(SPOT.ph) Who isn't familiar with the cultural phenomenon that is The Lion King? The 1994 animated classic by Disney managed to emotionally scar an entire generation with a single scene between a king and his brother—which, for some, was our first brush with betrayal. Also, we don’t even want to try to count the number of poor unsuspecting babies and pets who were randomly raised up into the air in a parody of that scene (you know which one). But the House of Mouse has now brought the tale to a new level of visual realism in its live-action remake; exactly 25 years after the original The Lion King made us cry our hearts out.
At its helm is Jon Favreau, and though you might be most familiar with him as Carl Casper in Chef (2014)—which he also directed, btw—he actually directed a few other Disney films: Iron Man (2008) and Iron Man 2 (2010), plus The Jungle Book (2016) remake. "There is such a rich tradition surrounding this material. Betrayal, coming-of-age, death and rebirth—the cycles of life—are the foundations of all the myths around the world," Favreau said of the original story. Fully aware of how difficult it would be to retell a story that so many cherished, he said "I wanted to demonstrate that we could be respectful of the source material while bringing it to life using mind-blowing techniques and technologies."
Unsurprisingly, Favreau’s Lion King is indeed a visual stunner. Without touching the original storyline too much, Disney focused on bringing the Pride Lands to life. The studio is known for its incredible production, and they pulled out all the stops to bring its audience into the wilds for this remake, including a game engine and virtual reality tools to recreate the savanna. What they managed to create was an unbelievably realistic world—from the Pride Lands to Timon and Pumbaa’s carefree haven—where our beloved characters came to life. Visuals have been Disney’s edge for as long as it’s existed; that, and its heart-piercing stories that always leave the audience with a ton of feelings.
With The Lion King remake though, the original story somehow does not have the same effect: it looks amazing but the storytelling doesn't quite make the same impact. Perhaps it was the focus on hyper-realistic animation, the limits of giving animals emotions, or maybe because the original will always stand out, but the remake has a little less of the gravitas the 1994 version. The studio did bring in some amazing people to give our beloved characters new life: Donald Glover voices the grown-up Simba, and of course, Beyoncé Knowles-Carter as Nala. JD McCrary and Shahadi Wright Joseph voice Simba and Nala as cubs, respectively.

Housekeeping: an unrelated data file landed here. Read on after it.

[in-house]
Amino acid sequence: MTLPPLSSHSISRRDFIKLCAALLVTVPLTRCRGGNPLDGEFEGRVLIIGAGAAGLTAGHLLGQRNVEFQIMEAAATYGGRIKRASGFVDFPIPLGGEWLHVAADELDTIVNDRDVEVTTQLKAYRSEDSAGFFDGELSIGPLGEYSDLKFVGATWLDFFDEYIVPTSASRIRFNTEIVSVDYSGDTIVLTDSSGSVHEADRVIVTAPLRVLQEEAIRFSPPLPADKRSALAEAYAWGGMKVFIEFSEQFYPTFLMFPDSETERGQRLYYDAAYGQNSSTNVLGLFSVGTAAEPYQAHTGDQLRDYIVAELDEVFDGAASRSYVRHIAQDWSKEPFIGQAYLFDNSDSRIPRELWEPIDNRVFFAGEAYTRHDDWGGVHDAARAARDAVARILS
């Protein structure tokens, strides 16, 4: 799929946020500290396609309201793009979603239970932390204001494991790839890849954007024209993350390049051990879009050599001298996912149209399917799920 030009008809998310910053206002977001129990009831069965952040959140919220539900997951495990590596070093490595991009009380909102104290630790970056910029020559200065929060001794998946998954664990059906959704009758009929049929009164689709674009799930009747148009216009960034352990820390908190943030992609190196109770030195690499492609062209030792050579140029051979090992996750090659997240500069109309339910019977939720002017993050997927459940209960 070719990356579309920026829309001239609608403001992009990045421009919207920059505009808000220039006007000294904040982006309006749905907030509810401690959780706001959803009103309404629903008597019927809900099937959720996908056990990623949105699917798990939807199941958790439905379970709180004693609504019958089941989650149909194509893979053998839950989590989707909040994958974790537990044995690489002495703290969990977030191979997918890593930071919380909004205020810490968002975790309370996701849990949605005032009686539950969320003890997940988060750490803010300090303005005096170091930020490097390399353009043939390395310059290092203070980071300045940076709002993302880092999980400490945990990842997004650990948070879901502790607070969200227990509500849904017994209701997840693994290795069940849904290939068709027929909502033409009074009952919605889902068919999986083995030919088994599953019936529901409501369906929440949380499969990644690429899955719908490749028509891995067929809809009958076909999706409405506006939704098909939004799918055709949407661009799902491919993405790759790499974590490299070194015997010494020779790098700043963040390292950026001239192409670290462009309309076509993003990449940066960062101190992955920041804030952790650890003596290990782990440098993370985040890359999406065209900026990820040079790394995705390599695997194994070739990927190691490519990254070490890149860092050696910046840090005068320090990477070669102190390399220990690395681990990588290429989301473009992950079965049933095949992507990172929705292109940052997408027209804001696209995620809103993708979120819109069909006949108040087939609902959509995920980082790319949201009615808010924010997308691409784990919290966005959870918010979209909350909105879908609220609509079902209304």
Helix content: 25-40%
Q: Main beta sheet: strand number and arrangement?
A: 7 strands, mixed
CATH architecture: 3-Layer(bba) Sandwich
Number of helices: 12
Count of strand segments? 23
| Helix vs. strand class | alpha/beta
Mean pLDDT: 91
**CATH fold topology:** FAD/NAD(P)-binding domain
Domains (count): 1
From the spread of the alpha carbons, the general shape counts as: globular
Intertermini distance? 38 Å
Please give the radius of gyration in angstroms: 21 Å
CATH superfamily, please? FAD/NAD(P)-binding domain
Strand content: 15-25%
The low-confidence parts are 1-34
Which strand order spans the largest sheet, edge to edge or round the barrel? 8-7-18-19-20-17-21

Glover lends Simba his charisma, and the young king is much the same impulsive and slightly misguided royal he was in the original movie—with his heart still in the right place. Beyoncé’s Nala has a stronger presence: She is as much a leader and hero as Simba is, and her love and sense of duty for the Pride Lands shines. Their version of the classic “Can You Feel the Love Tonight”—originally composed by no less than Sir Elton John and written by Tim Rice—is, as expected, excellent. The two artists recorded the song separately though, and the final version was put together piece by piece, which may explain why Sir John’s original just hits harder. The highlight is the bit of fun they had with the song: Timon (Billy Eichner) and Pumbaa (Seth Rogen) add some very welcome banter.
Although they show up nearly halfway into the two-hour movie, Timon and Pumbaa are still very much the scene-stealers. Eichner and Rogen add some much-needed freshness with their lively dialogue. In an interview with Variety, Eichner talks about how being able to record in the same room with Rogen really helped flesh out their conversations. For most of the dialogue, several parts were recorded separately and put together afterwards, he explained.
Another pleasant surprise comes in the character of the hornbill Zazu, voiced by John Oliver in the remake. He is still the somewhat overbearing but incredibly loyal right hand to the King of the original animation, but Oliver brings in a new side and a different level of appreciation for the bird. James Earl Jones, who also voiced Mufasa in the 1994 original, returns to voice the noble king. Obviously, time has done him only good, and Mufasa is given the same strength and presence by his voice.
If only for the sake of reveling in the production magic of Disney, audiences still have something new to take from this retelling. The story may not be as emotionally wrought as before, but there are the performances by Glover, Beyoncé, and the rest of the cast—especially the added comedy from Eichner, Rogen, and Oliver—that give it some flavor. The Lion King (2019) is a wonderful story that reaches across cultures, and the remake is undoubtedly a visual showstopper.
Rating: 3 out of 5 Spots
The Lion King opens in theaters on July 17.